Linda Yoshida, writing as Kaylin McFarren, minored in English in college and for the past twenty years has led PR/marketing efforts for several companies within her family’s international conglomerate. She is a wife and mother of three, and resides in Troutdale, Oregon. In addition to serving on numerous boards and overseeing her non-profit foundation, she actively works with multi-published critique partners and is a member of several writers’ organizations, including Willamette Writers, Rose City RWA, and Romance Writers of America. Her début novel garnered numerous awards and received recognition as a Golden Heart® Finalist. The first book in her Threads series received national media attention, literary awards and rave reviews and has readers anxiously waiting for the next installment.
Congratulations on the release of your latest book, Buried Threads. When did you start writing and what got you into erotic romantic suspense?
I’ve been writing my whole life or for as long as I can remember. I started out with poems and short stories and decided to tackle novels six years ago while experiencing empty nest syndrome and trying to reclaim my identity. After reading extensively, I came out with my first book – inspirational women’s fiction with romantic elements. My second book was romantic suspense designed for a mature audience. So it seemed natural to evolve into the erotic suspense genre since my latest story takes place in the Gion district in Japan and involves duo love stories and lost sought-after treasure.
Did you have a mentor who encouraged you?
I had a very special English teacher in the 6th grade that encouraged me to write as much as possible, but I would have to say my mentor became my oldest daughter, Kristina McMorris, who is an accomplished author, great sounding board and tremendous supporter.
Did you have any struggles or difficulties when you started writing?
I knew I had stories to tell but wasn’t sure how to go about doing so in a seamless, structured and formatted way, which is why workshops, writing classes and critique groups were essential. Then it became a matter of forcing myself to set aside hours in the day to maintain a strict writing schedule while allowing myself time to read. With traveling and an extremely busy lifestyle, this isn’t always an easy task. But as my family could tell you, I’m determined to make it work.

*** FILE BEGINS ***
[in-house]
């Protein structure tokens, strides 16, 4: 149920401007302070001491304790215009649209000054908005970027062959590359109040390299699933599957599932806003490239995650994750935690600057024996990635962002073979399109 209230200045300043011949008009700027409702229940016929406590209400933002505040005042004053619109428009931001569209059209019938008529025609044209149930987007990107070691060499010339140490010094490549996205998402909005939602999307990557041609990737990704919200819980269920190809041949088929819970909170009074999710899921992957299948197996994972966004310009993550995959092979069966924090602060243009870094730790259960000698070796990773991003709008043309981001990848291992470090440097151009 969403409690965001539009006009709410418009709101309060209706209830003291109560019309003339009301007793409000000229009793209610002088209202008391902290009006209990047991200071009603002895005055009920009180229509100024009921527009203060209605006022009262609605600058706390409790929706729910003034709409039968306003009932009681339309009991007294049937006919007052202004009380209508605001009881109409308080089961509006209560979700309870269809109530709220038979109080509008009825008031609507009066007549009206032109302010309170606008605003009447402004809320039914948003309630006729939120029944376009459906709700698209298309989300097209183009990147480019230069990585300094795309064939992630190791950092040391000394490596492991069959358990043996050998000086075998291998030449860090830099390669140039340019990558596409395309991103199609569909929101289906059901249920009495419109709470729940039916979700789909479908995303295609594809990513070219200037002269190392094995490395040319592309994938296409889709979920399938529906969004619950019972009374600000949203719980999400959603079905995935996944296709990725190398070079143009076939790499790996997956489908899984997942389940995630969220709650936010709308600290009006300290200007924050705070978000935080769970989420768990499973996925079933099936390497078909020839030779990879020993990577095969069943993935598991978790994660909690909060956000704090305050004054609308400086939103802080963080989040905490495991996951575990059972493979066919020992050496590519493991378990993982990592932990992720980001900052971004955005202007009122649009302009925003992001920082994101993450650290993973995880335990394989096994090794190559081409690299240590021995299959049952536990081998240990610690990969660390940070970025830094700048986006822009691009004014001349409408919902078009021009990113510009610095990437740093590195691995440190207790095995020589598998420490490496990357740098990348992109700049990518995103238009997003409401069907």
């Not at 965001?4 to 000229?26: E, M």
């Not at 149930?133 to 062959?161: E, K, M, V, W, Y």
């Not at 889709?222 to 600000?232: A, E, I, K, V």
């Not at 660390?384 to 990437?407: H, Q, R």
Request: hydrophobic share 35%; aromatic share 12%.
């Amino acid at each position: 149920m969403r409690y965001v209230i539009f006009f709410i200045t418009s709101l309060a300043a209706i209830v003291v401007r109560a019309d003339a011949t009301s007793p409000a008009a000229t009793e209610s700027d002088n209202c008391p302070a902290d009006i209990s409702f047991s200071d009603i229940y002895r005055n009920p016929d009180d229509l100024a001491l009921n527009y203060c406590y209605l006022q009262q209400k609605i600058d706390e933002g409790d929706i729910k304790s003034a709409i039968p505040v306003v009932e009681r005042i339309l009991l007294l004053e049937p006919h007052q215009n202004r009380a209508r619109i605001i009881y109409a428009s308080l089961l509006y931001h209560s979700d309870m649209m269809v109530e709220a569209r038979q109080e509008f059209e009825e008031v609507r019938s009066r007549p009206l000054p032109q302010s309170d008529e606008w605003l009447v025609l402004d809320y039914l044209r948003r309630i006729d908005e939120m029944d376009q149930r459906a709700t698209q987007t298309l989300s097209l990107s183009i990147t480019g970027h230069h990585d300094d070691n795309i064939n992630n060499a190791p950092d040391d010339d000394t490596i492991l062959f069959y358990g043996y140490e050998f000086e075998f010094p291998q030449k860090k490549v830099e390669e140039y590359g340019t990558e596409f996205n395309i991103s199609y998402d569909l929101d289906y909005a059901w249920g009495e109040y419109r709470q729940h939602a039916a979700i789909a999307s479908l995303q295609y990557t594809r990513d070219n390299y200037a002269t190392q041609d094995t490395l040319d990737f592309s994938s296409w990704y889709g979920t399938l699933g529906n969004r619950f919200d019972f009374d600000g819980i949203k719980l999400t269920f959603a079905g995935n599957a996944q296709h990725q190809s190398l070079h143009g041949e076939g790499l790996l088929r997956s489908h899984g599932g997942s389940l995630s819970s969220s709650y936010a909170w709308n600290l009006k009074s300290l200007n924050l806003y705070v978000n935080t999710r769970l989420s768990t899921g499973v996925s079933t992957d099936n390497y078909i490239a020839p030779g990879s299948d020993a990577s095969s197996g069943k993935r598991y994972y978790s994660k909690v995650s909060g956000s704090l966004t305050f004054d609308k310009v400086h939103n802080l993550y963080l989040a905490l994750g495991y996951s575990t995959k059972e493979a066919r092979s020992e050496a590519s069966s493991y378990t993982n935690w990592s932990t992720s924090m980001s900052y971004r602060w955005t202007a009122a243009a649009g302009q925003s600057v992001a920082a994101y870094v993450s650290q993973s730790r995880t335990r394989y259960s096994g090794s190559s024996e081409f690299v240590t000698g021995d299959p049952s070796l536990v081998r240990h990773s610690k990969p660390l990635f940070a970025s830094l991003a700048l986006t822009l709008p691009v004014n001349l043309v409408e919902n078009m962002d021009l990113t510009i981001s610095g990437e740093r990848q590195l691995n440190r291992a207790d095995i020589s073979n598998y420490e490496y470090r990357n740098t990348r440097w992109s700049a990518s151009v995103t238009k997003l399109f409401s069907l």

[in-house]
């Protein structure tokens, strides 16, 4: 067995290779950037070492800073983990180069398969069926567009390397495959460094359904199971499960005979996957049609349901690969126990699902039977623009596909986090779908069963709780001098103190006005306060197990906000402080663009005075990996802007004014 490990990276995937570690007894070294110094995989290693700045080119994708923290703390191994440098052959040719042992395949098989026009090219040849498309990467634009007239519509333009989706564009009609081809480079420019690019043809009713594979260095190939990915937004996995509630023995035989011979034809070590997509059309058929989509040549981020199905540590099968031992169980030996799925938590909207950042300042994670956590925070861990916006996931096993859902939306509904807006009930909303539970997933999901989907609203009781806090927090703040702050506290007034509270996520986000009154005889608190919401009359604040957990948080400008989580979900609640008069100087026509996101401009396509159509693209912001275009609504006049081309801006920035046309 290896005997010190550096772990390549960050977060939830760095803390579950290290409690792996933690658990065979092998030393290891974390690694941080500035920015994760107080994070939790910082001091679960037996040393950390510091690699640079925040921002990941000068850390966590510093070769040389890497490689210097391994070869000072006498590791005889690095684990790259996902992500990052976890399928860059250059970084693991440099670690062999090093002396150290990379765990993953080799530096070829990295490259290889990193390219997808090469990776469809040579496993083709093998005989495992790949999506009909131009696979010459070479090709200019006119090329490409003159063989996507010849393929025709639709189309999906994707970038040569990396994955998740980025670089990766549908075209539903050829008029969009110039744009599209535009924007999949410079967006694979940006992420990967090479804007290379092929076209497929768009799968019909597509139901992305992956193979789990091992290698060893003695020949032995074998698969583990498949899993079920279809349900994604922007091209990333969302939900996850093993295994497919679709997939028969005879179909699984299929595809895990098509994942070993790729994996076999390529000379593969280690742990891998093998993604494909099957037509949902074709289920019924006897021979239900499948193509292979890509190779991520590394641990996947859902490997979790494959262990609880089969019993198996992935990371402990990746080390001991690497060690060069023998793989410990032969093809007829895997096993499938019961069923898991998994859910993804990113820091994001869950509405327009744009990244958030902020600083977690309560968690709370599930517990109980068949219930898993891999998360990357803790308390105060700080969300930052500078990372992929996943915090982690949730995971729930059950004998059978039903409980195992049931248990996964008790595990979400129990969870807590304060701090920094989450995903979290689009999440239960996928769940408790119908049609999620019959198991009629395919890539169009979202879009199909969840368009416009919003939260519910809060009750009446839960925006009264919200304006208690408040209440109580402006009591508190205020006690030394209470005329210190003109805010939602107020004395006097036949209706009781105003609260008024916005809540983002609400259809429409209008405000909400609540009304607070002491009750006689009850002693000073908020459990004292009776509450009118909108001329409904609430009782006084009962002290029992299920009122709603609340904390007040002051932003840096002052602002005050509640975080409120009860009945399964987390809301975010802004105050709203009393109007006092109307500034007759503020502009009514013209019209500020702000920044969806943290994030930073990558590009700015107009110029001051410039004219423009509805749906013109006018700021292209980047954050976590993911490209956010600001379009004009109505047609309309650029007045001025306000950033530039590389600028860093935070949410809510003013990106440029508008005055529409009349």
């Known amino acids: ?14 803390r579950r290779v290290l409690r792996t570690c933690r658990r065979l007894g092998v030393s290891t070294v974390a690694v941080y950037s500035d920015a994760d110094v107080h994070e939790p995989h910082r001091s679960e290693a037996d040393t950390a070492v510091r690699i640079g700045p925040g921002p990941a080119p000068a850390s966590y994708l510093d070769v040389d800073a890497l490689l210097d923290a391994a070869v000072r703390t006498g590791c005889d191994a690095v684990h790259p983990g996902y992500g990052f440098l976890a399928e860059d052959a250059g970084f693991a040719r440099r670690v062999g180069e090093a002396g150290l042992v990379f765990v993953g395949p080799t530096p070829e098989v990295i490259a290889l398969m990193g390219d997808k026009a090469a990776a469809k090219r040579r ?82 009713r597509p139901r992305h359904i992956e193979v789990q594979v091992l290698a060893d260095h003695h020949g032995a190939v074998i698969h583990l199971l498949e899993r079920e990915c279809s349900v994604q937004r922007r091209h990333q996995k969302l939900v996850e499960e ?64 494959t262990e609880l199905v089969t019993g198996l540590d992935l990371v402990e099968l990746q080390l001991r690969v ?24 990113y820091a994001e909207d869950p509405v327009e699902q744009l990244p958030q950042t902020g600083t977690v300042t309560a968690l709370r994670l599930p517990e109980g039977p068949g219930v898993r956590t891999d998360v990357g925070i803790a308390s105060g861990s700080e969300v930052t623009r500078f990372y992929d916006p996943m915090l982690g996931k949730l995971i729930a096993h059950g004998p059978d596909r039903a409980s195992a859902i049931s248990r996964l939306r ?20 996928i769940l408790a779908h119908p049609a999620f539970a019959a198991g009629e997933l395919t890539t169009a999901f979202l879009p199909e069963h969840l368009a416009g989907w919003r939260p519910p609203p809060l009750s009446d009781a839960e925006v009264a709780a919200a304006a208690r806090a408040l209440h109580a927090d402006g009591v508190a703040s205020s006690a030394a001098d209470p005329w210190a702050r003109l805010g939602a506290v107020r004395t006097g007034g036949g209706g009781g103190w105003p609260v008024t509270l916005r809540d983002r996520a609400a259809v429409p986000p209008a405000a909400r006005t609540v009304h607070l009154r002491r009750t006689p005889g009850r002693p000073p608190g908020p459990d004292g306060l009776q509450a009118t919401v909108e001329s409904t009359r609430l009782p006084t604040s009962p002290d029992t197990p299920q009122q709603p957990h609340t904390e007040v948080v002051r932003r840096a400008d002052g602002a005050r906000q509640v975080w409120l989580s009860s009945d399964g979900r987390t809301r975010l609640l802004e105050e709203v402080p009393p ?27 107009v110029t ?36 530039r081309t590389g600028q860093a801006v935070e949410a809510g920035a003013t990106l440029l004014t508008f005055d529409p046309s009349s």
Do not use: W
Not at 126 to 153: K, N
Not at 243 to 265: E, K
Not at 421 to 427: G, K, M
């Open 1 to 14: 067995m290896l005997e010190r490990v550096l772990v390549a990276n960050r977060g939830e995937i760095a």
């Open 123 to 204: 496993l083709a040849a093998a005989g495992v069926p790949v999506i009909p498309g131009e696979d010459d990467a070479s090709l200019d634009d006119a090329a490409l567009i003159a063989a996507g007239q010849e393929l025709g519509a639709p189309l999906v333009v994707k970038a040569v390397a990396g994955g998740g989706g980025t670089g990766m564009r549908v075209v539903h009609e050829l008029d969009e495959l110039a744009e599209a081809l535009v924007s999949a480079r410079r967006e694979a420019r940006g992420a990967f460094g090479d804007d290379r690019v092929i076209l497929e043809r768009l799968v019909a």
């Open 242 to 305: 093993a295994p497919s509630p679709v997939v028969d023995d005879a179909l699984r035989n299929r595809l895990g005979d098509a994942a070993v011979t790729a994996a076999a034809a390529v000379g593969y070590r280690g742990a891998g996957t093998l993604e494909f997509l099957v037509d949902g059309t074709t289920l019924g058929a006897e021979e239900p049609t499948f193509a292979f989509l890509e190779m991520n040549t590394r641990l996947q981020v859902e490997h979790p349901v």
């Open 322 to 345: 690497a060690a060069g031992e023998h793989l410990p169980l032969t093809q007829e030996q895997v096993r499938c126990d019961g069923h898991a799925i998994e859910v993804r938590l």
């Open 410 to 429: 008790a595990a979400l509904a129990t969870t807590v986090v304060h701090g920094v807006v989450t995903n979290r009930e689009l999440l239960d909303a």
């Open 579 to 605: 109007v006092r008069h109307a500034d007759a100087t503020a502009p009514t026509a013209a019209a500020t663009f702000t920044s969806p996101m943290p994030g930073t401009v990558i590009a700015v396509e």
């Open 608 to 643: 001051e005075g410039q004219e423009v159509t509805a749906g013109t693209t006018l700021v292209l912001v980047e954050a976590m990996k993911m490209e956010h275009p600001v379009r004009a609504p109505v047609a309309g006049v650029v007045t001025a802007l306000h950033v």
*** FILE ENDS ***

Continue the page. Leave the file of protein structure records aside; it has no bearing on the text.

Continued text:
What was your inspiration for Buried Threads?
A remarkable Buddhist monk who truly has the gift of prophecy and insight into past lives was my inspiration and became a key component in my story. This gentlemen also travels the world using his God-given talent to direct lost souls to heaven, which fascinates me.
What do you tell your muse when she refuses to collaborate?
Wake up, stay focused and get that last word on the page. A glass of celebratory wine will be your well-earned reward.
Many writers experience a vague anxiety before they sit down to right. Can you relate to this?
I can totally relate to this but overcome it once the first page is completed. As soon as I know the direction my story is taking, which is thought out and mentally plotted, then I turn my energy into writing.
Do you have a writing schedule? Are you disciplined?
My schedule ranges between noon and 4pm, Monday through Friday. But if I’m on a roll, it can continue until 2 in the morning.
How do you celebrate the completion of a novel?
I open a small box of turtle chocolates and a bottle of my favorite Merlot and indulge myself while reading over the final paragraph.
How do you define success?
Personally, I think writers struggle to define success because there’s always another hill to climb, another obstacle to overcome. The first time I ever experienced a taste of real success was when I received my first piece of fan mail. The note was kind and generous with compliments, but it was also the first time I ever felt appreciated for something I wrote (other than the Mother’s Day poem my Mom loved when I was twelve). That was a great feeling and one that gave me a sense of what true success means to a writer.
What do you love most about the writer’s life?
I would have to say the positive responses, reviews and the national literary awards I’ve received, which helps validate my ability and encourages me to write more.
Do you have a website or blog where readers can find out more about and your work?
Where is your book available?
Amazon.com, Barnes and Noble, Powell’s Book Store, Creative Edge Publishing LLC.
Anything else you’d like to tell my readers?
Be sure to pick up a copy of Severed Threads and Buried Threads; watch for the last installment in the Threads series next spring; and thank you from the bottom of my heart.